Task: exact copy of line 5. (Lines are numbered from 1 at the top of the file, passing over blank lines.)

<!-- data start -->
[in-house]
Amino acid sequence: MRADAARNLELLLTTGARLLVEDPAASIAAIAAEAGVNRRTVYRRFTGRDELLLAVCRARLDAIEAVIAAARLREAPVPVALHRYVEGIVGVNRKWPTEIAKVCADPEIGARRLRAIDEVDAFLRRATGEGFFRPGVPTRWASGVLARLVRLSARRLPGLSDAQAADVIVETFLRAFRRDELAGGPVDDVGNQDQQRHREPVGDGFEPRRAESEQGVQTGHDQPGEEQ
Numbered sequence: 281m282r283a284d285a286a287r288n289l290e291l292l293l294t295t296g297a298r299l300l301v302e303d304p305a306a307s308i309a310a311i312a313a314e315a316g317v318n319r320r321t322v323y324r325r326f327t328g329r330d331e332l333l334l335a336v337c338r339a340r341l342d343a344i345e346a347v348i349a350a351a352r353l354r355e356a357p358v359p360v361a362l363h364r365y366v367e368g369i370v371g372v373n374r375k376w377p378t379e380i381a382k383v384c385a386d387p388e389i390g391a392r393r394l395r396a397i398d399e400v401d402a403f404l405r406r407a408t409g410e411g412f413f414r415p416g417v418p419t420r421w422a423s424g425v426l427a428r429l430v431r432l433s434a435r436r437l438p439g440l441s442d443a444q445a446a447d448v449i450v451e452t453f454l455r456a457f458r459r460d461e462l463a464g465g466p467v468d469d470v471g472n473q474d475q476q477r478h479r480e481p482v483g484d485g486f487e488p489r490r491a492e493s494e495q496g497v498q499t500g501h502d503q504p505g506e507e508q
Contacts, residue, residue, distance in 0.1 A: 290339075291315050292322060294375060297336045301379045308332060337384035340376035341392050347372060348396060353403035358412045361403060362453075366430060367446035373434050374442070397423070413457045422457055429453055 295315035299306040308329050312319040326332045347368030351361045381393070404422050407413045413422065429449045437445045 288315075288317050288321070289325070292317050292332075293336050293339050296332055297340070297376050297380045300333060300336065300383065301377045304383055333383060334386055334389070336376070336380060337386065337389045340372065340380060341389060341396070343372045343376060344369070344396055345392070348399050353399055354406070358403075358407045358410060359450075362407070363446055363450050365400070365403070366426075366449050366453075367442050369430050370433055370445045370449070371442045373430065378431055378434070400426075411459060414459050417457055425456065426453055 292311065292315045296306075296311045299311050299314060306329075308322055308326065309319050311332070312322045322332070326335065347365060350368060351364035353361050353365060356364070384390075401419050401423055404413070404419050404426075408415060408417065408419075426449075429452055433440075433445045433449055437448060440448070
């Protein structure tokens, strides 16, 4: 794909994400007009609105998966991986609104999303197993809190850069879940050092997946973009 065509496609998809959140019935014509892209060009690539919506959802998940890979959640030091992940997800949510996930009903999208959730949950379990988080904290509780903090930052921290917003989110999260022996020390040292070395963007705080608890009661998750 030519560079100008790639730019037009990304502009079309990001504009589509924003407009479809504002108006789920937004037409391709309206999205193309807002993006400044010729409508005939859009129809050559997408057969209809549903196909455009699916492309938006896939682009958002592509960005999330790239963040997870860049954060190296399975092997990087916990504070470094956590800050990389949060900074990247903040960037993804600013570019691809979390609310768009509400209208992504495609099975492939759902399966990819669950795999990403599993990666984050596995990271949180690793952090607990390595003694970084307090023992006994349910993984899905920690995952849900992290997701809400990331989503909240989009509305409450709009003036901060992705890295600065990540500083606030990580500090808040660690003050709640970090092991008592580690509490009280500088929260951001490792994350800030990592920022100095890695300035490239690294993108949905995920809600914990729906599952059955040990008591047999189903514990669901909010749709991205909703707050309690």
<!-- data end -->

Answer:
């Protein structure tokens, strides 16, 4: 794909994400007009609105998966991986609104999303197993809190850069879940050092997946973009 065509496609998809959140019935014509892209060009690539919506959802998940890979959640030091992940997800949510996930009903999208959730949950379990988080904290509780903090930052921290917003989110999260022996020390040292070395963007705080608890009661998750 030519560079100008790639730019037009990304502009079309990001504009589509924003407009479809504002108006789920937004037409391709309206999205193309807002993006400044010729409508005939859009129809050559997408057969209809549903196909455009699916492309938006896939682009958002592509960005999330790239963040997870860049954060190296399975092997990087916990504070470094956590800050990389949060900074990247903040960037993804600013570019691809979390609310768009509400209208992504495609099975492939759902399966990819669950795999990403599993990666984050596995990271949180690793952090607990390595003694970084307090023992006994349910993984899905920690995952849900992290997701809400990331989503909240989009509305409450709009003036901060992705890295600065990540500083606030990580500090808040660690003050709640970090092991008592580690509490009280500088929260951001490792994350800030990592920022100095890695300035490239690294993108949905995920809600914990729906599952059955040990008591047999189903514990669901909010749709991205909703707050309690």